Goal-setting strategies for students in the New Year

Goal-setting strategies for students in the New Year

As the New Year approaches, we’re likely to hear a lot of talk about resolutions. While it’s easy to set goals, it’s more difficult to stick to them. Unfortunately, this is why so many New Year’s resolutions fall flat so fast. Whether your goals for 2019 are related to your personal, professional or student life, it’s important to be realistic. The “SMART” method of goal-setting is a process that helps to map out your resolutions so that they’re achievable. If you haven’t heard of this method before, here are the details.

Specific

Your goal should be narrow, instead of broad, so that you know exactly what you’re working towards. So, if your goal is to simply get an internship in a hotel, it may be too generic. Ask yourself, when should this internship start? What city do I want to work in? What job role am I aiming for? You can see how answering a few extra questions helps to define what you’re working towards.

Measurable

Goals that can be measured allow you to track your progress. This will help you to remain focused and meet your deadlines. Using the example of obtaining an internship, a measurable goal would outline the steps you will take to achieve this. For example, how many hotels will you apply to? How many cold calls will you make?

Achievable

This is an area where most goals fall flat. If your resolution is not attainable or realistic, it’s less likely to happen. Looking at our internship example, getting an internship at the most expensive hotel in Las Vegas is possible, but maybe not realistic for a student studying in Toronto. An internship at the Hyatt in downtown Toronto, however, seems much more plausible. It’s important to dream big, but without actionable steps to get there, your dreams might never become reality.

Relevant

Relevant goals are those that align to you and with you. These goals are ones that make sense based on where you are in life. For example, you may have a goal to own and operate your own hotel. This is an ambitious goal, and one that is entirely plausible. But, for a hospitality student, it might not be relevant right now. This could be a long-term goal for the next 10 to 20 years. If you’re the life stage of pursuing internships, it could take some time before you own your own enterprise.

Timely

Time stamps will help break down your goal into manageable sections. Consider these as stepping stones. Even if you’re only pursuing an internship, it will take many steps to get you there. Break down your goal into sections, and set a goal date for each one. For example, you might apply to three hotels every week for two weeks. Then you might follow up with each application for two weeks. Smaller goals like these within the scope of your original goal gives you actionable steps leading you to your final destination.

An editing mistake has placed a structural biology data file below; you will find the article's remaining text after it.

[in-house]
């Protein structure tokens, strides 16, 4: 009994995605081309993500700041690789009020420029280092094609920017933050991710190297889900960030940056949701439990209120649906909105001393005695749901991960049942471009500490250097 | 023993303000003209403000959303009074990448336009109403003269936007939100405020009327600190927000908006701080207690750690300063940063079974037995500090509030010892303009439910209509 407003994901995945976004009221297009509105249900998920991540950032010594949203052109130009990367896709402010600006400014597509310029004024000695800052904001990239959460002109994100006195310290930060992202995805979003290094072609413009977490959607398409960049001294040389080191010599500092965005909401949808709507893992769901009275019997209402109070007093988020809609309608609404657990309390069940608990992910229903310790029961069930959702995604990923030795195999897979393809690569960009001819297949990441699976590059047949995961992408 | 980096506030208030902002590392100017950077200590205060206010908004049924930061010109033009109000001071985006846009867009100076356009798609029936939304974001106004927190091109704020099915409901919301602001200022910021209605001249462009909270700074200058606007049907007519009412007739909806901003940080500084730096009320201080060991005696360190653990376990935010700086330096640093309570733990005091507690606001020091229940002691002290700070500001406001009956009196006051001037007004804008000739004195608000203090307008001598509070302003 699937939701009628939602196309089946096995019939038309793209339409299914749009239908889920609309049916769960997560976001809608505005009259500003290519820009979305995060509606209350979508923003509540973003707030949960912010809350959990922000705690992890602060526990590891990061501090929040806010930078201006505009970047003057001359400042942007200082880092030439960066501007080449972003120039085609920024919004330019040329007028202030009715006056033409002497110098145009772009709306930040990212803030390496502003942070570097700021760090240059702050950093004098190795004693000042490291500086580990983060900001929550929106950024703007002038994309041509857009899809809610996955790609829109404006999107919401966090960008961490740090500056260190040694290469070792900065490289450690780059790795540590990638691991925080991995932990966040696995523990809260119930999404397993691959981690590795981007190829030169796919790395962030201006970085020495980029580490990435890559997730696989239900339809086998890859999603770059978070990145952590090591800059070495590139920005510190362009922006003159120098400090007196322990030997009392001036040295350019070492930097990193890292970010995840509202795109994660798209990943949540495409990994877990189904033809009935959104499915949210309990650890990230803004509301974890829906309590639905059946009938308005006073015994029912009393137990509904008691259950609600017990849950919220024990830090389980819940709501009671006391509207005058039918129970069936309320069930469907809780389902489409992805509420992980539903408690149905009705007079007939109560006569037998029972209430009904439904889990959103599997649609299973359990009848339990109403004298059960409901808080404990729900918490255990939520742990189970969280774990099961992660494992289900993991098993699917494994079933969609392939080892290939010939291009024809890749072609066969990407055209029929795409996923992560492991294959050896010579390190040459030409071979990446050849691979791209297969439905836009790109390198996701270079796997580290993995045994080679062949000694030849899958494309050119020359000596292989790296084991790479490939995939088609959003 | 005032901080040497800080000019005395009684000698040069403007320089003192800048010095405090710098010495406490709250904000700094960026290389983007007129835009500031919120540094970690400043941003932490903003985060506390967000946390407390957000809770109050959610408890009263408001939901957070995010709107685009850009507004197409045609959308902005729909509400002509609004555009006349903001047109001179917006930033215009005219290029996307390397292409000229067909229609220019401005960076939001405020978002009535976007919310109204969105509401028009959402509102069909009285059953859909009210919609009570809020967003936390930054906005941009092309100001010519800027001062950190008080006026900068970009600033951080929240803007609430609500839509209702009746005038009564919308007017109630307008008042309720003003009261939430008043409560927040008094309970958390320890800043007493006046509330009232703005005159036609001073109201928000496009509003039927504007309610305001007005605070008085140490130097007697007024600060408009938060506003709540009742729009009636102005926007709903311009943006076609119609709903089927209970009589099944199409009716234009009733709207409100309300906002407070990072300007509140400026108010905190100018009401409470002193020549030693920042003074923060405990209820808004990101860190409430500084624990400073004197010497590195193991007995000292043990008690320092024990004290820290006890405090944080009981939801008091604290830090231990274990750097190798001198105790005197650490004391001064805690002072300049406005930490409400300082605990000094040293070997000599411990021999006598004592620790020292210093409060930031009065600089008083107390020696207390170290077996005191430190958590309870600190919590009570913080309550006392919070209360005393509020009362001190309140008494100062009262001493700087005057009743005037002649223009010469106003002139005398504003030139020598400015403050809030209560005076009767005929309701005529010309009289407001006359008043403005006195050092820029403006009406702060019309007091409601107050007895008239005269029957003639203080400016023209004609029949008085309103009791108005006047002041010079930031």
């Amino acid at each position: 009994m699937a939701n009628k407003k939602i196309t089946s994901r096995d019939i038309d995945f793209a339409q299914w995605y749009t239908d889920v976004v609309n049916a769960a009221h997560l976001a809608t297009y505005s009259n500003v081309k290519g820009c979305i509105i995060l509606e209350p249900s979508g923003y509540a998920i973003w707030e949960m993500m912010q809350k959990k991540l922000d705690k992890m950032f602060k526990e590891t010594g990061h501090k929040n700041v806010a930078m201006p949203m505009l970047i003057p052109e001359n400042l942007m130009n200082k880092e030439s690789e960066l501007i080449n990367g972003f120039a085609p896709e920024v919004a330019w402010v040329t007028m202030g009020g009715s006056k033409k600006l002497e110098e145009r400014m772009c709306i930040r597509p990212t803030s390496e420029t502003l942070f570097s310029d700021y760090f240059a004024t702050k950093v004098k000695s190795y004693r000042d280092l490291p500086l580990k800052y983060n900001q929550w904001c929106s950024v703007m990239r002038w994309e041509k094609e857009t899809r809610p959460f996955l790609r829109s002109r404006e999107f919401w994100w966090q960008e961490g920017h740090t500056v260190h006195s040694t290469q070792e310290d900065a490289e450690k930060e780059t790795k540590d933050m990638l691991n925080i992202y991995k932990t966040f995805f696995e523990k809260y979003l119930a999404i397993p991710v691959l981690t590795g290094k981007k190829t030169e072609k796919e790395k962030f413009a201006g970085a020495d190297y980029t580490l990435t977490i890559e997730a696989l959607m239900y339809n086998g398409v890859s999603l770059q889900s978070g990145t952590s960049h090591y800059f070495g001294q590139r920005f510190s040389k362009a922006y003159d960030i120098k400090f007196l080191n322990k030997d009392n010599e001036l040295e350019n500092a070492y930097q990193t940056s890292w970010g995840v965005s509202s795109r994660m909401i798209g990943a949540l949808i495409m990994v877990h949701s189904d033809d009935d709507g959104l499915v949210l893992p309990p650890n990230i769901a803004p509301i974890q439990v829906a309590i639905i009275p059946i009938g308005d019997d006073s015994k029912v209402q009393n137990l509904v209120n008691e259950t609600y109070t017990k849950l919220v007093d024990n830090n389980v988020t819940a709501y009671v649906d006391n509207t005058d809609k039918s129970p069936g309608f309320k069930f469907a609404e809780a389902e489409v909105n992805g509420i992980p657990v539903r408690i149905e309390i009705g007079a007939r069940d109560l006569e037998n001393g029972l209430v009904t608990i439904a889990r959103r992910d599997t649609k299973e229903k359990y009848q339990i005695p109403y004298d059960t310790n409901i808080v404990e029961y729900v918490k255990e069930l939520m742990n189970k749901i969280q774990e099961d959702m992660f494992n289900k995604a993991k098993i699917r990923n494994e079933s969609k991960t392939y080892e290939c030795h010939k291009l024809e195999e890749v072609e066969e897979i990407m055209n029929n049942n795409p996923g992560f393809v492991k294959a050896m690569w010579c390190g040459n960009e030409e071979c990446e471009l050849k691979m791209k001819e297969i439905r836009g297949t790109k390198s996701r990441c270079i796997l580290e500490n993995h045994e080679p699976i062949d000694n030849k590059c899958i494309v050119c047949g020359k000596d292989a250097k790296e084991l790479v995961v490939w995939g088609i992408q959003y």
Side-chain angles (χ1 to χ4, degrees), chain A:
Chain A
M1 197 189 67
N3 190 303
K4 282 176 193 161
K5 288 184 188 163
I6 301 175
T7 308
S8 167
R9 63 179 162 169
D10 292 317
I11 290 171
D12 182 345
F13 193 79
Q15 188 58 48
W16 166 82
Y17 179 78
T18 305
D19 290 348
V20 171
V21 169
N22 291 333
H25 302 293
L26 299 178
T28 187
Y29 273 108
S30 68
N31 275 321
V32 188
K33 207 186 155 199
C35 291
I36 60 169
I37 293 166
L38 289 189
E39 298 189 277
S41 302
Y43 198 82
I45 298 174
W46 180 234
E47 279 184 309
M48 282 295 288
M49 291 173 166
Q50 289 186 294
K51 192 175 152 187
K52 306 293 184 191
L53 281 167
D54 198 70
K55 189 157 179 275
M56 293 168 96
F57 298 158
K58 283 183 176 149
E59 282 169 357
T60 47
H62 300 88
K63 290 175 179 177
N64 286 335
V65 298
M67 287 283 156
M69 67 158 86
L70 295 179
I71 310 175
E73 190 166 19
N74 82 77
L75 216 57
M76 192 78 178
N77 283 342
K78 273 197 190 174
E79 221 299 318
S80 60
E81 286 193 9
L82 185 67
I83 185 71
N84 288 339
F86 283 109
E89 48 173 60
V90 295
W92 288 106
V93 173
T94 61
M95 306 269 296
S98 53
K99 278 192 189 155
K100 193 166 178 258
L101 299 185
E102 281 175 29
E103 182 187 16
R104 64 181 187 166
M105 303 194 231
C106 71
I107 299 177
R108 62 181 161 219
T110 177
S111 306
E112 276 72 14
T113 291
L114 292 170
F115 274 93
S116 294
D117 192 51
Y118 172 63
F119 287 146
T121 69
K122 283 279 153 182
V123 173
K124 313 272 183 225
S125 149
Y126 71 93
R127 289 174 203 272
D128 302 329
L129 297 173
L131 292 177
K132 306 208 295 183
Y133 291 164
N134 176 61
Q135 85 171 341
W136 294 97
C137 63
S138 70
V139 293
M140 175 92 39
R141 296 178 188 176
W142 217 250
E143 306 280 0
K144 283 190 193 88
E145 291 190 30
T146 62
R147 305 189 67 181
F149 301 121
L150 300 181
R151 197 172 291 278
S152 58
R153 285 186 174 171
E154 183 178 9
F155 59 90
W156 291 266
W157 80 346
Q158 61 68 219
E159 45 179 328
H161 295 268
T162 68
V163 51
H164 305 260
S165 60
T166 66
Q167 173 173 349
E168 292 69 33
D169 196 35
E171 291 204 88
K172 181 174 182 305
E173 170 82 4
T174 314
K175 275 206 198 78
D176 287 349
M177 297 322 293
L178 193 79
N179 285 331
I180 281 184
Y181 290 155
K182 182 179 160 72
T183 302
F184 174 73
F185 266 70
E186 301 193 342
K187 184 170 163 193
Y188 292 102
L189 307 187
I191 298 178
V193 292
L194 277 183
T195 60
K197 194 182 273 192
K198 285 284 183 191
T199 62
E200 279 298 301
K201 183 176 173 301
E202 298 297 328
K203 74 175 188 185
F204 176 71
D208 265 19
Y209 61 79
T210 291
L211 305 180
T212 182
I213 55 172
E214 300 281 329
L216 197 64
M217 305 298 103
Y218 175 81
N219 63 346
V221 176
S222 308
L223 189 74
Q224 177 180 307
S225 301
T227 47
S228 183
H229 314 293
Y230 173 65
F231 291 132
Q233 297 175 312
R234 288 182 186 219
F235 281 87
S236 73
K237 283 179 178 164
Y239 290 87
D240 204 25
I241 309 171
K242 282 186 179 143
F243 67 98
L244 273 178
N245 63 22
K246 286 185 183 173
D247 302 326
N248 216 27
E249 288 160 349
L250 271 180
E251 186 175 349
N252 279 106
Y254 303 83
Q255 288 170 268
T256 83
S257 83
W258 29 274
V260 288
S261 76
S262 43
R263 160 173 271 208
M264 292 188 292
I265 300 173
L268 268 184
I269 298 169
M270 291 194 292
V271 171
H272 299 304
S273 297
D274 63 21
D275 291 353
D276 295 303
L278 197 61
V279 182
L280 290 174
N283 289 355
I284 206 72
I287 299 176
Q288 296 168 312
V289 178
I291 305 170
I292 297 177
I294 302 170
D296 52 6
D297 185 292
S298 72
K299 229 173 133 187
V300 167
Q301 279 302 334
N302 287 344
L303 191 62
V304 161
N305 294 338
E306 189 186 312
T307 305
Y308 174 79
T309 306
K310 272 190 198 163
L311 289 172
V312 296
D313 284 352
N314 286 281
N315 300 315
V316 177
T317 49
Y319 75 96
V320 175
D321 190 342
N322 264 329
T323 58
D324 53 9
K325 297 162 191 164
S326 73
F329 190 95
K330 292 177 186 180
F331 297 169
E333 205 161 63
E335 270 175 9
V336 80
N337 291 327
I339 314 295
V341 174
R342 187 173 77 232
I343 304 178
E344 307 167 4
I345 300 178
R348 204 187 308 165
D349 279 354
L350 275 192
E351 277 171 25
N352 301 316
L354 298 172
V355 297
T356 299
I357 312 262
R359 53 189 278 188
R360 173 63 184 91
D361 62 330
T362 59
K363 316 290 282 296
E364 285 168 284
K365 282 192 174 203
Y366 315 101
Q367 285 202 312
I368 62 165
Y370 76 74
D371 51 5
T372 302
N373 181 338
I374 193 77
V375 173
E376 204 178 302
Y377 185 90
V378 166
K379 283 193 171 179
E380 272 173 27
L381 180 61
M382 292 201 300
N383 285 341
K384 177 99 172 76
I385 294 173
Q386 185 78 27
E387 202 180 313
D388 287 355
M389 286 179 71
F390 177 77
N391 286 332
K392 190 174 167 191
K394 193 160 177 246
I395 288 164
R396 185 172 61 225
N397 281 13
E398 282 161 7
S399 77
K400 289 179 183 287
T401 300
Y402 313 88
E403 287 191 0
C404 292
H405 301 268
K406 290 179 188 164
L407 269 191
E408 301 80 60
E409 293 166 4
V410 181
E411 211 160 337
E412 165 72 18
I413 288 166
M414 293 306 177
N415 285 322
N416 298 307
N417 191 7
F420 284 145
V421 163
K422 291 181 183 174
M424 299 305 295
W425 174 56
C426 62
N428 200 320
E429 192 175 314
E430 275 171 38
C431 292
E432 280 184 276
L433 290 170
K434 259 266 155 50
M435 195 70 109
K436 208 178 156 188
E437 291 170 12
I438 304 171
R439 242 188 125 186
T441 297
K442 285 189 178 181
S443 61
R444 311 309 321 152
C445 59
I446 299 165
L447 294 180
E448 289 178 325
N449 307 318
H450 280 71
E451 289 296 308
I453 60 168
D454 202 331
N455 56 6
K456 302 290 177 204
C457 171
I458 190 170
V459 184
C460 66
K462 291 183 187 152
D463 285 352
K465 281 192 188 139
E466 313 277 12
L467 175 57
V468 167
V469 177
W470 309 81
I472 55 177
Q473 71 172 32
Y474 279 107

By applying the SMART method to your New Year’s resolutions, you can achieve a clear and focused path towards achieving them. It can also help you by setting small steps and deadlines towards your larger goals. As you think ahead about the New Year, apply the SMART method to your resolutions to ensure you’re setting realistic goals that you will actually accomplish.

Study hacks to help you concentrate

Study hacks to help you concentrate

Learning the ins and outs of your field requires a lot of studying. When exam time rolls around, you may feel like you’ve reached your limit for studying. It could be time to try some new tricks. These study hacks can simplify your habits by eliminating distractions and increasing your productivity, focus and concentration levels.

Create “chunks” of information

If you’re faced with memorizing a lot of course material, it can be almost impossible to recall pages and pages of information. One of the best ways to absorb data is by breaking it down into bite-size “chunks.”

So, if you find yourself in the (non-ideal) situation where you need to remember a large amount of information in a small amount of time, try to group facts together based on their characteristics. Or, find a pattern in the information that is meaningful to you to connect seemingly unrelated ideas.

Say it out loud

Researchers claim that you’re 50 percent more likely to remember concepts if you say them out loud. If you’re struggling to remember concepts or course material, give this tactic a try. It may not work in every scenario (beware of quiet study spaces like the library), but could go a long way in helping to enhance your study style.

Keep content top of mind